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Research Process

Introduction to Evaluating Sources step

Evaluating Sources

Evaluating your sources is a critical part of the research process. It's important to make sure the sources you use are reliable and credible.  

Peer-Review, Scholarly, Popular

Peer-Review, Scholarly, and Popular

Peer-Review (Refereed): The process an article may go through prior to being published. Peer-review involves multiple experts in a particular field reading an article, making comments and suggestions, and sending back to the author for revision. Not all articles are peer-reviewed.

Scholarly: An article whose intended audience is experts in their field and is written by experts. While most scholarly publications are peer-reviewed, they are not always. However, if an article is peer-reviewed, it is typically scholarly.

Popular: Articles that are published without going through the peer-review process. They are typically written for the general public. Examples of resources that offer popular articles include The New York Times, Time, and People. Popular articles may be edited, but this is not the same as peer-review.

Evaluating Information: The CRAAP Method

Evaluating Information: The CRAAP Method

Finding information isn't hard. Finding good information is a different story. How can you tell the good from the bad? Evaluate using the CRAAP Method.

Remember, by including a resource in your research, you are telling your professor you think this is good, valid information. Be sure to use the CRAAP test on everything you come across.

When was this information created? Is it too old to still be good? If on the internet, do links still work? 

Consider how time has impacted the following resources:

  • An article on cancer treatments written in 1960
  • A textbook on geometry written in 1970
  • A book on computers written in 1995
  • A critical analysis of Jane Austen's Persuasion written in 1982


Does this information answer your research questions? Have you looked at multiple sources? Is it written at an appropriate level?

Consider how relevant the following resources may or may not be for college level research:

  • a juvenile biography on Rosa Parks
  • the first 5 results of your Google search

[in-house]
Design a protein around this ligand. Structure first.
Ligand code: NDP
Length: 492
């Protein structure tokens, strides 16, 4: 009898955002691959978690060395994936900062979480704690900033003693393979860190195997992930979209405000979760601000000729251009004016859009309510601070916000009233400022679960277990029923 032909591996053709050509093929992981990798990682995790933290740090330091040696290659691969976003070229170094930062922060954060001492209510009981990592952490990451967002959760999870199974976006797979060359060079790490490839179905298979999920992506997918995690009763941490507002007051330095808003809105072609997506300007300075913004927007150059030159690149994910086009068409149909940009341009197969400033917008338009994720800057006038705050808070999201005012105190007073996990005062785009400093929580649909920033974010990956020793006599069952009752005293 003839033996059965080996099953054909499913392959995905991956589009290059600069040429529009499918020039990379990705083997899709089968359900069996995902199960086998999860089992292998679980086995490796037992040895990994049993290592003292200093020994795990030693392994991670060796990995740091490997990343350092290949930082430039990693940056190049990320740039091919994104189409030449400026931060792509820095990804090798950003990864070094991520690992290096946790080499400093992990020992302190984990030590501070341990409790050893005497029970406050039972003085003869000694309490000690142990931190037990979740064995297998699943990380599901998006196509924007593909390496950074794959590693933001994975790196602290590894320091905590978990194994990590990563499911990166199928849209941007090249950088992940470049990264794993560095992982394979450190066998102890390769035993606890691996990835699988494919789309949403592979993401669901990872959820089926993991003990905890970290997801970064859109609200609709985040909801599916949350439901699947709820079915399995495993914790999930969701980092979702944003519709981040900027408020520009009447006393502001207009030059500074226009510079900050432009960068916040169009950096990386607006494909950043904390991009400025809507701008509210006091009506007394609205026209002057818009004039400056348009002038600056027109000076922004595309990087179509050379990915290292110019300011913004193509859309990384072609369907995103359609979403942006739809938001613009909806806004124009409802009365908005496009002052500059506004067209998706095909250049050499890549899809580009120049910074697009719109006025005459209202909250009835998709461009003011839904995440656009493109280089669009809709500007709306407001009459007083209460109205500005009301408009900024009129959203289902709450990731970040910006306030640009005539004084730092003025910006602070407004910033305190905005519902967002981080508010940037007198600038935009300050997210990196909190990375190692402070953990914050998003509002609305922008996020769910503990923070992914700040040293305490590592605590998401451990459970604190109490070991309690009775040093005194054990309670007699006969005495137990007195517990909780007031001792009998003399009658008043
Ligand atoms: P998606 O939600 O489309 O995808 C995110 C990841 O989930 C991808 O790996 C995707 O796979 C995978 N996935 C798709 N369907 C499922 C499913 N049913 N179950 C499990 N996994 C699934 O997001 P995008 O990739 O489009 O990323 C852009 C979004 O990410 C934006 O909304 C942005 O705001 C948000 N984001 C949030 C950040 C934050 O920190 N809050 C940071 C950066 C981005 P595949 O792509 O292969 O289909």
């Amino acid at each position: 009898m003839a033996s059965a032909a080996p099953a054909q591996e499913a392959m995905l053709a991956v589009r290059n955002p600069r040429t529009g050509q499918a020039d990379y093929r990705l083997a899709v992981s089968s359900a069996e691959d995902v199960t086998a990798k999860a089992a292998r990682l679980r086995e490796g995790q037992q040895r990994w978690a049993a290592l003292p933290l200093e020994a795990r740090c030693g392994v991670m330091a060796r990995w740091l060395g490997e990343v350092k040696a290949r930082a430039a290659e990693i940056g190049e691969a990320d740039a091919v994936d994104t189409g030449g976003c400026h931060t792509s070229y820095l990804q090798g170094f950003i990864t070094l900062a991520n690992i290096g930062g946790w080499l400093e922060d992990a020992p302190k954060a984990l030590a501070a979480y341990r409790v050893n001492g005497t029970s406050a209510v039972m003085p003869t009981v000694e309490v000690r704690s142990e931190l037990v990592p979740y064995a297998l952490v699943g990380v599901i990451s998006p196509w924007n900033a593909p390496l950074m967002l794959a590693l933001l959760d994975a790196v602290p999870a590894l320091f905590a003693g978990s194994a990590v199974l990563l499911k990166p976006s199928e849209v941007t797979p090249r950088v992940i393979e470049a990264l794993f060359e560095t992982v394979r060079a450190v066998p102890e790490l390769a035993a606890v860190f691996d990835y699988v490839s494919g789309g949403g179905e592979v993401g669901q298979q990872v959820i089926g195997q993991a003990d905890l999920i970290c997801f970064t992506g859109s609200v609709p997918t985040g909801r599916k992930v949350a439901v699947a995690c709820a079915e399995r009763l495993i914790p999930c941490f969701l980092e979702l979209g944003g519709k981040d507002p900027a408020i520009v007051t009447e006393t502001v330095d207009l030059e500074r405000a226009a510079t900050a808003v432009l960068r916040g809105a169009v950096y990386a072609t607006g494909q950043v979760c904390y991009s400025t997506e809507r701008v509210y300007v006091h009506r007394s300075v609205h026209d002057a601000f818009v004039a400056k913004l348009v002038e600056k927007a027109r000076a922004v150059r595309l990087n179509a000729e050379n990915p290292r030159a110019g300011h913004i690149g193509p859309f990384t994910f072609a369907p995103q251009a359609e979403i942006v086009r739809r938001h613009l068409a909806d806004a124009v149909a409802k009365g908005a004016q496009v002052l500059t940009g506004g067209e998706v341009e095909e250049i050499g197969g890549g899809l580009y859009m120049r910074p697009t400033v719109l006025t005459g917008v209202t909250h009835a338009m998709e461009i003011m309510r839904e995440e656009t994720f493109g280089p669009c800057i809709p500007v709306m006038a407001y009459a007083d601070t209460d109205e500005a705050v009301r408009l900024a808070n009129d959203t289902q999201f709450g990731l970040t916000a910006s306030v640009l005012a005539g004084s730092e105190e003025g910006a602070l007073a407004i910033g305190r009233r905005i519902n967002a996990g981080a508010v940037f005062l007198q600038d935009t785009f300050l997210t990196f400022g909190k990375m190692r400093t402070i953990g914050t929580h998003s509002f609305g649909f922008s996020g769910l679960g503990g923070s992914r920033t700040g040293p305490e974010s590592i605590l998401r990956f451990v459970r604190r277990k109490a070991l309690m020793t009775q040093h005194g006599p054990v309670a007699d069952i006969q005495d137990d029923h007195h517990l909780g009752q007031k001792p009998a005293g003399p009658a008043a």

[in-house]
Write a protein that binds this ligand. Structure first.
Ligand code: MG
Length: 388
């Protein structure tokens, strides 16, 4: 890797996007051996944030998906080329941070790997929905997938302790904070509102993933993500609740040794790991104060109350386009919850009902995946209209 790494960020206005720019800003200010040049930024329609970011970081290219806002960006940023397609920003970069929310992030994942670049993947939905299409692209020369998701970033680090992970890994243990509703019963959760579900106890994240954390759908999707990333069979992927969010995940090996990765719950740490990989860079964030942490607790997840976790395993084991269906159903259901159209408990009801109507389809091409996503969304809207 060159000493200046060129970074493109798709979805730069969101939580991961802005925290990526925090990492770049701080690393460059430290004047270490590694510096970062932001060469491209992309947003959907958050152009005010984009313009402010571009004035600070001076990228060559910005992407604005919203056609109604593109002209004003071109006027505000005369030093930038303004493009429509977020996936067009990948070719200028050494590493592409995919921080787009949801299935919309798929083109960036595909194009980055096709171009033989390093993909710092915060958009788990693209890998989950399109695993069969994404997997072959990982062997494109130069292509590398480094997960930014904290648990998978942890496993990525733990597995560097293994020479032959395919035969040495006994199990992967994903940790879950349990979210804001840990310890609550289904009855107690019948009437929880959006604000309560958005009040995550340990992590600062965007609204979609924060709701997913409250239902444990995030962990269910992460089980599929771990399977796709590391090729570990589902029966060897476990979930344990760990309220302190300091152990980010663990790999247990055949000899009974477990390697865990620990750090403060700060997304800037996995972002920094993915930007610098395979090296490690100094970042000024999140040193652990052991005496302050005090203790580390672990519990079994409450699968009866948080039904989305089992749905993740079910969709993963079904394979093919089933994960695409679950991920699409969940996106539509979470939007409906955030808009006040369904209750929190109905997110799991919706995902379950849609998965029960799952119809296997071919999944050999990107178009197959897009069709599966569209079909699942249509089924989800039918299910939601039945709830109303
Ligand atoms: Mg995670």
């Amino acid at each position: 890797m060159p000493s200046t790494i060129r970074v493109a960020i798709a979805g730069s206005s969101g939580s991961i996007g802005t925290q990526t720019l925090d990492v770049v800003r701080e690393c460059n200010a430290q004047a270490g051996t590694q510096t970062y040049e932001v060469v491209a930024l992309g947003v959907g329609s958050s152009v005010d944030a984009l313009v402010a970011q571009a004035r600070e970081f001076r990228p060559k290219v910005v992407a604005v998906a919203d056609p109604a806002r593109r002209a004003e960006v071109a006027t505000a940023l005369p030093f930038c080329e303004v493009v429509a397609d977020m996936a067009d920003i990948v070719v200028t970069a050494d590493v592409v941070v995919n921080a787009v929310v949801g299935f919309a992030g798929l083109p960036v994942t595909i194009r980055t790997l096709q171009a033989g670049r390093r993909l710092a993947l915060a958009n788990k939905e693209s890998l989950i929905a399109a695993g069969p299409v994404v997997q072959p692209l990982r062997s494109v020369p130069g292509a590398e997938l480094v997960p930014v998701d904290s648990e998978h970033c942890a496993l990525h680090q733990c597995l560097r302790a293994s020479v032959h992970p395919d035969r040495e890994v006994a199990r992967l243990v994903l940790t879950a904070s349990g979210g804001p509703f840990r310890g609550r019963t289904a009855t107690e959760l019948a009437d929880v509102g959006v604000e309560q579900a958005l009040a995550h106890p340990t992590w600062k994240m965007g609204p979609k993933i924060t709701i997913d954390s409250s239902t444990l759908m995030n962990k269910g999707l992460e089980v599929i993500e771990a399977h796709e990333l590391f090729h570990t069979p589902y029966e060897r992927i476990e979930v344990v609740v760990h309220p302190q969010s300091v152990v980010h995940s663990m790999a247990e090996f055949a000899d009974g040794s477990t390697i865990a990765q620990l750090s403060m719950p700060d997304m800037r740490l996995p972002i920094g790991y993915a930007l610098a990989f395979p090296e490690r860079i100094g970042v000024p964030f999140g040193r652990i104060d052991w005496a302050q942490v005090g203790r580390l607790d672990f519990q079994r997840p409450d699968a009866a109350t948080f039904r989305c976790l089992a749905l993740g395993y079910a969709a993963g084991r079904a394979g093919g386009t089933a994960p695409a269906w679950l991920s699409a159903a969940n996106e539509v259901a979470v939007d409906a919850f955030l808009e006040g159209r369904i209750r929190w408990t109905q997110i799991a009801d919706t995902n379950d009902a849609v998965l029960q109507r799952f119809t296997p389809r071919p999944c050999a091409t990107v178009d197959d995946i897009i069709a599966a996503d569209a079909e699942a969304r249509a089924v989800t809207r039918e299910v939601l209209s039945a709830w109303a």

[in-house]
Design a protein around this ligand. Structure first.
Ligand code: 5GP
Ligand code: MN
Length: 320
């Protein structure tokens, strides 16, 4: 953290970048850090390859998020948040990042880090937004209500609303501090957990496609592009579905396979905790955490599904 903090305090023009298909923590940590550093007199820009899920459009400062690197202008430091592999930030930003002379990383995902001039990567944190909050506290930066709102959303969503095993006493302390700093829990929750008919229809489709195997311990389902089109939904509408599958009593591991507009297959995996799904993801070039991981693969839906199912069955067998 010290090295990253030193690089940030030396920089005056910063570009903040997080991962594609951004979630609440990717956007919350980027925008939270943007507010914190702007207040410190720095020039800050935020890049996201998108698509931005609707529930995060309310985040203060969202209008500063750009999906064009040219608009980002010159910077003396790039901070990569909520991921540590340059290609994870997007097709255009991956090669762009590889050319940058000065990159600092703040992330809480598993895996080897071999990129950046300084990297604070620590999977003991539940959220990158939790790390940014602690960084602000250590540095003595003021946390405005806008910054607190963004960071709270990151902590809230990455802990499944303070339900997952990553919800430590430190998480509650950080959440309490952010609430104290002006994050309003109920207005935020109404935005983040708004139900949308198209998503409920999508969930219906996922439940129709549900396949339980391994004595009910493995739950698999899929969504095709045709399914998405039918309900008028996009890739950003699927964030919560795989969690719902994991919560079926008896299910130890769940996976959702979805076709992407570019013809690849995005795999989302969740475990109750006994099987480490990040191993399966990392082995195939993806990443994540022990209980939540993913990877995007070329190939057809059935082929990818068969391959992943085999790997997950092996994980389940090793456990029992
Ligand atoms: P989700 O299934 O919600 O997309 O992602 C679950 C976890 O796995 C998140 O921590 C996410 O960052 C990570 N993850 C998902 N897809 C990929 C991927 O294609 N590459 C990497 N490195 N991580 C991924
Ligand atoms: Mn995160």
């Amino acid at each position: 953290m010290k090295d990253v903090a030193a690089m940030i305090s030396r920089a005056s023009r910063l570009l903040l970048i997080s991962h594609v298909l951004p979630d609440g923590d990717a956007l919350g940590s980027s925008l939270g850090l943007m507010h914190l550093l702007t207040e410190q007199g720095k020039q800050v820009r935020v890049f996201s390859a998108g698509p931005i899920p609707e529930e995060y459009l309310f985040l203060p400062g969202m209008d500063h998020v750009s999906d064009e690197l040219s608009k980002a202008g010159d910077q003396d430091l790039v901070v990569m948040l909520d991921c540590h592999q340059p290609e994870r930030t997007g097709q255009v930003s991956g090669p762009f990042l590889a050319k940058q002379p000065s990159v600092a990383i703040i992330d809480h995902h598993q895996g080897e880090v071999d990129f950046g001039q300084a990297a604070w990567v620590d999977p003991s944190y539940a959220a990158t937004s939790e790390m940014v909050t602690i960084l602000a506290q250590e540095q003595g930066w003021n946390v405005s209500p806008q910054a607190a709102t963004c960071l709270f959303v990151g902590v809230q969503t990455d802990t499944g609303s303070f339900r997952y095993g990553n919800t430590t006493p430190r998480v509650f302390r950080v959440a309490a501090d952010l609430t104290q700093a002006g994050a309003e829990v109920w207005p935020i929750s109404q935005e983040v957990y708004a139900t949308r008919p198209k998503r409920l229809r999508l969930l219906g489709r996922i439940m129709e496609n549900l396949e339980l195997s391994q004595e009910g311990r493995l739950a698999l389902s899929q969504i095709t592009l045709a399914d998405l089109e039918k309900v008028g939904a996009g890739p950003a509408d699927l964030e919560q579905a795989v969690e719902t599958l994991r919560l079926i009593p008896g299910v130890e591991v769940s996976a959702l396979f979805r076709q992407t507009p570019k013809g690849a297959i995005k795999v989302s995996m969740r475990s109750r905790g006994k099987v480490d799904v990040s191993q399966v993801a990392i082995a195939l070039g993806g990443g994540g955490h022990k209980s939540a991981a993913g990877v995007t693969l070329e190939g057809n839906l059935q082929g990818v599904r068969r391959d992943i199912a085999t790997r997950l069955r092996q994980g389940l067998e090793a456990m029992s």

• the first 5 results of your search in a library database


Who created this information? Who helped this information get published? Is the author qualified to speak about this topic? What organizations are they affiliated with that might make them more credible in the field? Could you get in touch with the author if you wanted to? If on the internet, what is the domain of the URL and what does that tell us about the author?

Consider the importance of authorship for the following resources:

  • a tweet about natural disaster preparedness from FEMA
  • a peer-reviewed article on climate change from a leading researcher in the field
  • journalism from


Is this information correct? Has it been peer-reviewed or at least edited? Does the author credit their sources? Are there any grammar or formatting errors?

Consider what these points might mean for a resource's accuracy:

  • citation used throughout the resource
  • repeated misspellings
  • facts that differ from what other sources have said


Why did someone create this information? Are they trying to inform, teach, sell, entertain, or persuade you and are they making their intentions clear? Are there political, ideological, cultural, religious, institutional, or personal biases? Is it fact, opinion, or propaganda?

Consider the purpose of the following resources:

  • an article written by Toyota about how fuel efficient a Camry is
  • an article written by the NRA on gun control
  • an article written by the ACLU on immigration
  • a study funded by Coca-Cola on the connection between soft drinks and obesity

The CRAAP Method was developed by Meriam Library at California State University.


Videos for learning more

Want to know more?

Check out these videos to explore this topic further!

Evaluating Information

Peer Review

Additional sources

Credit for Page

This page was created by Magen Nosworthy (Fall 2018 ENGL 489)